The spotlight on sexual crimes revealed the intrinsic injustice of student courts that lack the formal system of checks and balances fundamental to our legal system. The potential damage student courts can do to young men’s lives and reputations has resulted in a counter-movement for due legal processes.
Affirmative consent has proven unpopular with actual judges, as it places the burden of proof on the victim to show that no crime was committed, a reversal of fundamental legal standards. In one case, a University of Tennessee wrestler, Corey Mock, had the case against him thrown out by a judge, but not before he lost a year of school. And, unfortunately, not before his father was forced to resign from his coaching job at UNC-Chapel Hill for defending his son.
Gainful Employment Rules Cripple For-Profit Colleges
By George Leef
One of the worst developments in the last year was the implementation of the Obama Administration’s “Gainful Employment” rules regarding for-profit colleges.
The administration has been very hostile to the for-profit higher education sector from its very beginning and these rules target only for-profit colleges, even though the problems they are designed to address also afflict many public and non-profit institutions.
So often we hear from higher education critics on the left that it is the fault of the school if it has a low graduation rate and if those who do graduate have great difficulty finding work that pays well enough for them to cover their student loan debts. (That’s why they’re called “gainful employment” rules.)
Similar rules were announced by the Department of Education back in 2012, but were struck down by a federal judge. They were again challenged in court this year, but they were upheld.
Under the metrics of the rules, schools that don’t do well enough on their graduation rates and student debt-to-earnings ratios will lose eligibility for further federal student aid money. This will probably put some schools that actually have solid educational programs out of business, as Monroe College’s Marc Jerome explained in this article.
In typical Washington fashion, these rules won’t solve the problem, but will have some harmful side effects.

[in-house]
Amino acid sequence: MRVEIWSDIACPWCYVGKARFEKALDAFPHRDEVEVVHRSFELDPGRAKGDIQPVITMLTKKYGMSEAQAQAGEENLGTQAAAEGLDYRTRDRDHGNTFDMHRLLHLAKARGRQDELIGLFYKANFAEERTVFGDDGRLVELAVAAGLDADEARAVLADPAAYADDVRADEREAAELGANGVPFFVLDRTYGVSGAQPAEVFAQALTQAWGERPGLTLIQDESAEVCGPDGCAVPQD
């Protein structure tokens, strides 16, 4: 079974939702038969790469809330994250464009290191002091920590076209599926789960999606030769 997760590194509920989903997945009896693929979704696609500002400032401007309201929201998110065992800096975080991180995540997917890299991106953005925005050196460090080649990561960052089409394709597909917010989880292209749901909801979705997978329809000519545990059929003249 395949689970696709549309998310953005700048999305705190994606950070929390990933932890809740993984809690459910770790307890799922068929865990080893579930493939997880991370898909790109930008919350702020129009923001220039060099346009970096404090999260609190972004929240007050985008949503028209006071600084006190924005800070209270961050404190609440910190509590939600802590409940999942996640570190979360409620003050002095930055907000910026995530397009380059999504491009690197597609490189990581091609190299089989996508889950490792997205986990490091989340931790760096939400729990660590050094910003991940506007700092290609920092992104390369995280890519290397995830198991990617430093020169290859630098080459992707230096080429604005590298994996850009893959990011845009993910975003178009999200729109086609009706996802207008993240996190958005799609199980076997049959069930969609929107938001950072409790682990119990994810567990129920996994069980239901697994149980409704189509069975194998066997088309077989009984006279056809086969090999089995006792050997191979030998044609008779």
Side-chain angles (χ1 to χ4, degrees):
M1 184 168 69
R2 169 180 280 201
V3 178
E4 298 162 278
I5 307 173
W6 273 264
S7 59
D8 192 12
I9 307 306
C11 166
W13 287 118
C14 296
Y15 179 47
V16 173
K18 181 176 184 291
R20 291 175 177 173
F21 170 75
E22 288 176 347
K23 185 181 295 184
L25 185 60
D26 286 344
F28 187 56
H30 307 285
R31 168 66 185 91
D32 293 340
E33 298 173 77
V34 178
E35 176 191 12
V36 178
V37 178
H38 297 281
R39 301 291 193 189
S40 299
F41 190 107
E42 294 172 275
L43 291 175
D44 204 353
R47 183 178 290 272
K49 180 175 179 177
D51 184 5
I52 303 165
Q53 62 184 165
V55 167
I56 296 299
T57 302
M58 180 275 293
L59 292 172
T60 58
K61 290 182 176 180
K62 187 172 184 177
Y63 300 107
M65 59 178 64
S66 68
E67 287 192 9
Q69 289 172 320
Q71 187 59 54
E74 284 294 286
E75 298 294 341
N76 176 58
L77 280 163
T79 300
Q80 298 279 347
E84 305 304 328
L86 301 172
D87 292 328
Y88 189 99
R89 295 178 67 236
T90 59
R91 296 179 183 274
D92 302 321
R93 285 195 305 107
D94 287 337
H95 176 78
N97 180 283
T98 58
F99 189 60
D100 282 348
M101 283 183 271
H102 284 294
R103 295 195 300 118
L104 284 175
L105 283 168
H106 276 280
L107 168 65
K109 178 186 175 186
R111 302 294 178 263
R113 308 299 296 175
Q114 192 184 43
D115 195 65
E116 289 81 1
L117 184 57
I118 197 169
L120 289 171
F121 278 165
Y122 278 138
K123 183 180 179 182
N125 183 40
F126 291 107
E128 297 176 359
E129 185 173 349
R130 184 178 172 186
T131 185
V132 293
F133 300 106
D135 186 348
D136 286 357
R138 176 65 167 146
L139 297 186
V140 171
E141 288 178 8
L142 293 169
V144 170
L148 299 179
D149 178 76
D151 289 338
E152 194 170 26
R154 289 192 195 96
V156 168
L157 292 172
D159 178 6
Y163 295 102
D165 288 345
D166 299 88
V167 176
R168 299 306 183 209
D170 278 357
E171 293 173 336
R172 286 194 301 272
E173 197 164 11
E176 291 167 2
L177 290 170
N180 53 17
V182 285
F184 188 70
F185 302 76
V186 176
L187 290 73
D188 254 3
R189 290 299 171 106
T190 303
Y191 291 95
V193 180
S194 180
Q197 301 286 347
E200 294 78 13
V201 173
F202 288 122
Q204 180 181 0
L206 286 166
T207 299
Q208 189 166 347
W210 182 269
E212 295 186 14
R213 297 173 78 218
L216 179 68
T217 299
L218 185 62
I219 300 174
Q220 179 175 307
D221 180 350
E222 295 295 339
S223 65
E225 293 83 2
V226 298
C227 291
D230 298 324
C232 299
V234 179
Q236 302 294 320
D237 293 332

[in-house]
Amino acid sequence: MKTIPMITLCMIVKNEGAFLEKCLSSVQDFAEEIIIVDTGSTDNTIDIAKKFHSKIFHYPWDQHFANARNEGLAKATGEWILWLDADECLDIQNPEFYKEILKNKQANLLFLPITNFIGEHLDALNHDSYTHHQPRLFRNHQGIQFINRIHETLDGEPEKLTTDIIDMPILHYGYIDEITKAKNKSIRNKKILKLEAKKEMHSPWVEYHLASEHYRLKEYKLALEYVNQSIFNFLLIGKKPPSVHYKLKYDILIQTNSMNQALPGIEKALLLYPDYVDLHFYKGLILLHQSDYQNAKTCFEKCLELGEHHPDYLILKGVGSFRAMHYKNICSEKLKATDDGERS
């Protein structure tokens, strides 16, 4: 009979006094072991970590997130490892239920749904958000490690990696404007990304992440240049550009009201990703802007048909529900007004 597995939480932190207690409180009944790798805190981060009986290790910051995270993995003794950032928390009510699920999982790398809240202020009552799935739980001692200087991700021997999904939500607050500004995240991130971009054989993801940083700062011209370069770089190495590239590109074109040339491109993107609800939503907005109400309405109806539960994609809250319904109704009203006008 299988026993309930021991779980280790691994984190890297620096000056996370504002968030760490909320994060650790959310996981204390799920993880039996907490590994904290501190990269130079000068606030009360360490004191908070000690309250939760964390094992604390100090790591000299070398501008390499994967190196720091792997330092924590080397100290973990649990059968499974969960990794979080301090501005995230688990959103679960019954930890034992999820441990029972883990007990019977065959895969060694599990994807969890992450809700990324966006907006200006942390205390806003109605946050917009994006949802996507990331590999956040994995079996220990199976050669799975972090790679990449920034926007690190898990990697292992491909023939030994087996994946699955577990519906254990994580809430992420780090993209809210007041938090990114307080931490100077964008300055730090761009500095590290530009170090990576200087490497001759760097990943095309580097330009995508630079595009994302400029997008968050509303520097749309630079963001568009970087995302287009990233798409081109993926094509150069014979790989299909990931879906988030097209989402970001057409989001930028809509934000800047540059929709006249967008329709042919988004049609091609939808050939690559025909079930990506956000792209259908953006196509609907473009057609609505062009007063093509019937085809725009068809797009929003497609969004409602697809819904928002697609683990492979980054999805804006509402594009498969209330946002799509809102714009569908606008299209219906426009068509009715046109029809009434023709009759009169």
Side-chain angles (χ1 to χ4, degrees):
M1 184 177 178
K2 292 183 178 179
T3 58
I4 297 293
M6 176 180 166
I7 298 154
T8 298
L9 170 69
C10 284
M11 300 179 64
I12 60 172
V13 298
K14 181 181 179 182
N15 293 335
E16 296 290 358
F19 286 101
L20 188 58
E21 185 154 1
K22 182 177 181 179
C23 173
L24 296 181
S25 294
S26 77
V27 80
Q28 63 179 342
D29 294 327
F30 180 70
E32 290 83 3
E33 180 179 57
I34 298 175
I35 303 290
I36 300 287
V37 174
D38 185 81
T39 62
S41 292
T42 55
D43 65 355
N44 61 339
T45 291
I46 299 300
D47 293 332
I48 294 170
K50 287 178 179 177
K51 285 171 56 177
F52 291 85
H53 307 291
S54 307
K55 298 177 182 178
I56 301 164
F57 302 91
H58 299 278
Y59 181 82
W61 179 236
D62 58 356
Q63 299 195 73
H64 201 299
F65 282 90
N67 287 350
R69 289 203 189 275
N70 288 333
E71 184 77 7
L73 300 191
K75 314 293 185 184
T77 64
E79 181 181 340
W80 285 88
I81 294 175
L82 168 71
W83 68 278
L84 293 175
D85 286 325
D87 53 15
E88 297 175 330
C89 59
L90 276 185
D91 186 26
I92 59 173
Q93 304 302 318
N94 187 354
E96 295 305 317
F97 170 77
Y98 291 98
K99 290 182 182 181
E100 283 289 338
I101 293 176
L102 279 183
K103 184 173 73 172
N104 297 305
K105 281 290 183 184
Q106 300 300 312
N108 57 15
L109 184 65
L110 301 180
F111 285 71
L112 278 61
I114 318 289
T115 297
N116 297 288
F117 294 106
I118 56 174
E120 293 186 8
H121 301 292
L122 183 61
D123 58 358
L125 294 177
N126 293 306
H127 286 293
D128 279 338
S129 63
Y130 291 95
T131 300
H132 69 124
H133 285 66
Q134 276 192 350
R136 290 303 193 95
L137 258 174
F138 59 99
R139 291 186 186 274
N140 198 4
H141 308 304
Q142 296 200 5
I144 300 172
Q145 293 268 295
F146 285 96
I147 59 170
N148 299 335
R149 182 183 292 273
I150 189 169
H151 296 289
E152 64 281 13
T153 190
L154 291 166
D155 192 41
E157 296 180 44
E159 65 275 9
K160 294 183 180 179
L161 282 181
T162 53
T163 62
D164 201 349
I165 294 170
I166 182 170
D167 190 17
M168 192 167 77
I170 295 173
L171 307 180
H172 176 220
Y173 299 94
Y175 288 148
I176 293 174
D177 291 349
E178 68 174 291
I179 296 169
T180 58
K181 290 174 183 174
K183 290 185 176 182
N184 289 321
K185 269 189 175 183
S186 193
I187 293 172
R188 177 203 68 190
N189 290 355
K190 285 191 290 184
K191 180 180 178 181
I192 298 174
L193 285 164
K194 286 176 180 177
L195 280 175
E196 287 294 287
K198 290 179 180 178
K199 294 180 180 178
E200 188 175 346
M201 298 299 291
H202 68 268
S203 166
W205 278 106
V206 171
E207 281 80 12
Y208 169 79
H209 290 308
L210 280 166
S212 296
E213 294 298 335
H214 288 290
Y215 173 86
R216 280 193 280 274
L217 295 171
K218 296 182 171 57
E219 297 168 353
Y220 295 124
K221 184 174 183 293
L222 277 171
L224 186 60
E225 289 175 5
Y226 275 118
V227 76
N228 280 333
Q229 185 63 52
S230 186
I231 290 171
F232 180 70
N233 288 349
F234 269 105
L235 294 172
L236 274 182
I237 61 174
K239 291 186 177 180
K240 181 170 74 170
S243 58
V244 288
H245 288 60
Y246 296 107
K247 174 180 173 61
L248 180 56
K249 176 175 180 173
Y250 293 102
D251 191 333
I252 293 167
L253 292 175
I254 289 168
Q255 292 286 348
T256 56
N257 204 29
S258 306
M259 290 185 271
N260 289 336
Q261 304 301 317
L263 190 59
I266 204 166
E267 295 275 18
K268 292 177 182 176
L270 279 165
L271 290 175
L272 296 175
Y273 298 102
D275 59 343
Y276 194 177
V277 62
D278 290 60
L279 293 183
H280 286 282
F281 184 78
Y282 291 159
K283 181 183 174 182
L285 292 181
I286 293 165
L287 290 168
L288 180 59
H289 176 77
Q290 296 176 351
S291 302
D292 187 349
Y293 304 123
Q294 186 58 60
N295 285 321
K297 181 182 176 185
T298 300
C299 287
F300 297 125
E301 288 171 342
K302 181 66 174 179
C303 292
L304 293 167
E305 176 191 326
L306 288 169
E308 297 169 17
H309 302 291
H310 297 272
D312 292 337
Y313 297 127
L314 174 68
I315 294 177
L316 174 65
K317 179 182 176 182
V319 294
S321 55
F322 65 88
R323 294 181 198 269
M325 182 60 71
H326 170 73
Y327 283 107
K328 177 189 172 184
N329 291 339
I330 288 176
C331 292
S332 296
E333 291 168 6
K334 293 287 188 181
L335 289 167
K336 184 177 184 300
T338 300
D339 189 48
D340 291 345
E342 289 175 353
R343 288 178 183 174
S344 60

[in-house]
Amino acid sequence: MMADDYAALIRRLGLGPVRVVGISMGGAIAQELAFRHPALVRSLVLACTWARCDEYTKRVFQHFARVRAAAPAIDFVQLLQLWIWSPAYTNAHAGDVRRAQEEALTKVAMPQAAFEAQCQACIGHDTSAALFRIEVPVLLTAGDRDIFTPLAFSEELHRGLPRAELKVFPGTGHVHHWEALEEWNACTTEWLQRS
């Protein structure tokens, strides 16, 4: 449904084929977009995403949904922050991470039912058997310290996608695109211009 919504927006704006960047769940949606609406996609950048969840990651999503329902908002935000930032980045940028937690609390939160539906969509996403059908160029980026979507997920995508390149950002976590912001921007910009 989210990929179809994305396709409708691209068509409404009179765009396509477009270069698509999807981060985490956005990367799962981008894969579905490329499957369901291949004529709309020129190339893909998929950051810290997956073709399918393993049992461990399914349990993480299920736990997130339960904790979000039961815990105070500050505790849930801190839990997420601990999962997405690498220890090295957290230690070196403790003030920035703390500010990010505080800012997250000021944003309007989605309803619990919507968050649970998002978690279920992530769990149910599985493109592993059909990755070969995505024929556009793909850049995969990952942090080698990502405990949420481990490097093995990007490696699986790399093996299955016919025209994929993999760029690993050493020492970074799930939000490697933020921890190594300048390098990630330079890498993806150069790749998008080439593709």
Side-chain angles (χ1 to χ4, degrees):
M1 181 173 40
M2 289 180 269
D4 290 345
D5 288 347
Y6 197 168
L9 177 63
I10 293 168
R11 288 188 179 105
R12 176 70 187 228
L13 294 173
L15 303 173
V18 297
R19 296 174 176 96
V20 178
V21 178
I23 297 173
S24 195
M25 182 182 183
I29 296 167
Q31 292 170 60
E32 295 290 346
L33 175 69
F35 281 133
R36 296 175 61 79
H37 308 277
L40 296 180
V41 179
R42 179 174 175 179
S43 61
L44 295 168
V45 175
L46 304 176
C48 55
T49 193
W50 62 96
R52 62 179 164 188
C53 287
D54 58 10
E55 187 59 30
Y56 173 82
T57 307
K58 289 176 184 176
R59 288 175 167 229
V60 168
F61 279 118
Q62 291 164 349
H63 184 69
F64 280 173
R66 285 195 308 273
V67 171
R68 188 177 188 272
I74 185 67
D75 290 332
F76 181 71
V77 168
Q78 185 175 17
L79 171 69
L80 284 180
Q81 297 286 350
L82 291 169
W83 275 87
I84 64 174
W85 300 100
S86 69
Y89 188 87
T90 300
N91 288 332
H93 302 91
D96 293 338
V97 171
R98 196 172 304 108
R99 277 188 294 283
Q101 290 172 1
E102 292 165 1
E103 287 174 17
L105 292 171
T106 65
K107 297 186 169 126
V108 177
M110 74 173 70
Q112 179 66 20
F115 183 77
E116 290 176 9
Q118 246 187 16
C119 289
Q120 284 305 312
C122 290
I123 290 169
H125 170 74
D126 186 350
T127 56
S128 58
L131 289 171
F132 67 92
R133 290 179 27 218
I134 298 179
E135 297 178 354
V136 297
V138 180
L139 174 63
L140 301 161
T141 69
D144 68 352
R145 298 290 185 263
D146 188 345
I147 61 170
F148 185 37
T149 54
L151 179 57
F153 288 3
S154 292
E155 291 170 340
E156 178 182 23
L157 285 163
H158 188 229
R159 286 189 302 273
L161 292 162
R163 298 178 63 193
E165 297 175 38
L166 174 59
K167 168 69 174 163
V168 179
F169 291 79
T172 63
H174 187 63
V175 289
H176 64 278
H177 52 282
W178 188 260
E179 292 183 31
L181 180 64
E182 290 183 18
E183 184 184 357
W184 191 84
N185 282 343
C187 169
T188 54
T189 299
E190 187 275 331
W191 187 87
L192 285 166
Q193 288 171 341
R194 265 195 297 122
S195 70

What Are Students Learning (or Not Learning)?
By Jesse Saffron
With tuition prices continuing to rise and student debt continuing to wreak social and economic havoc, one would hope that universities are at least providing students with quality educational experiences. Sadly, that’s not always the case.
One year ago, Collegiate Learning Assessment (CLA) results showed that out of 32,000 college students tested, only 40 percent were ready for the white-collar workforce. When it came to writing skills, problem solving, and critical thinking, many students were deemed inadequate.
An Association of American Colleges and Universities survey released last January showed that many employers also found recent graduates to be lacking in those areas. Perhaps not surprising was the finding that surveyed students considered themselves mostly well-prepared.
Such delusional confidence is to be expected from students. Universities, on the other hand, should take ownership of their shortcomings. For when they don’t, essential reforms are ignored or put on the back burner.
That’s what happened last summer in the University of North Carolina system. A survey of regional employers found that students from less-selective schools in the UNC system were deficient in terms of their problem-solving and written and oral communication skills. Yet top UNC officials proposed merely superficial fixes.
Instead of dedicating themselves to improving academic rigor and general education coursework, which would undoubtedly help to ameliorate students’ educational woes, university leaders proposed ramping up internship programs and career counseling.
The UNC system’s president-elect, Margaret Spellings, has expressed support for greater accountability in terms of learning outcomes. Perhaps under her leadership (she takes the helm this March), school officials will be held responsible when they compromise educational excellence and fail to ensure that students are improving their skills.
You Get What We Pay For
By Jay Schalin
One of this year’s big ideas was “free college for all.” I first heard somebody mention it in a serious vein about four years ago at a University of North Carolina Faculty Association meeting. I immediately thought, “that one’s gonna happen. Some ideas are just too bad not to take off.”
And so it has. After several years of percolating up into the mainstream, the idea hit the big-time last year with Tennessee making community college free for state residents.
This year, the idea really took off. The “Tennessee Promise” program became reality for the high school Class of 2015. President Obama took the idea of free community college nationwide in January by introducing his “America’s College Promise” program. While it has not yet been passed and funded by Congress, the framework is gradually being created state by state and bureaucratic maneuver by bureaucratic maneuver.
Of course, when a bad idea expanding the government’s role makes the rounds, leave it to Bernie Sanders to double down on it. In May, he introduced his “College for All” act in the Senate, in which he proposes free tuition for all four years of college. Plus, he’s been spreading the word during his campaign.
Of course, there are more than a few problems with the idea of free college for all—starting with the massive expense such a program will entail.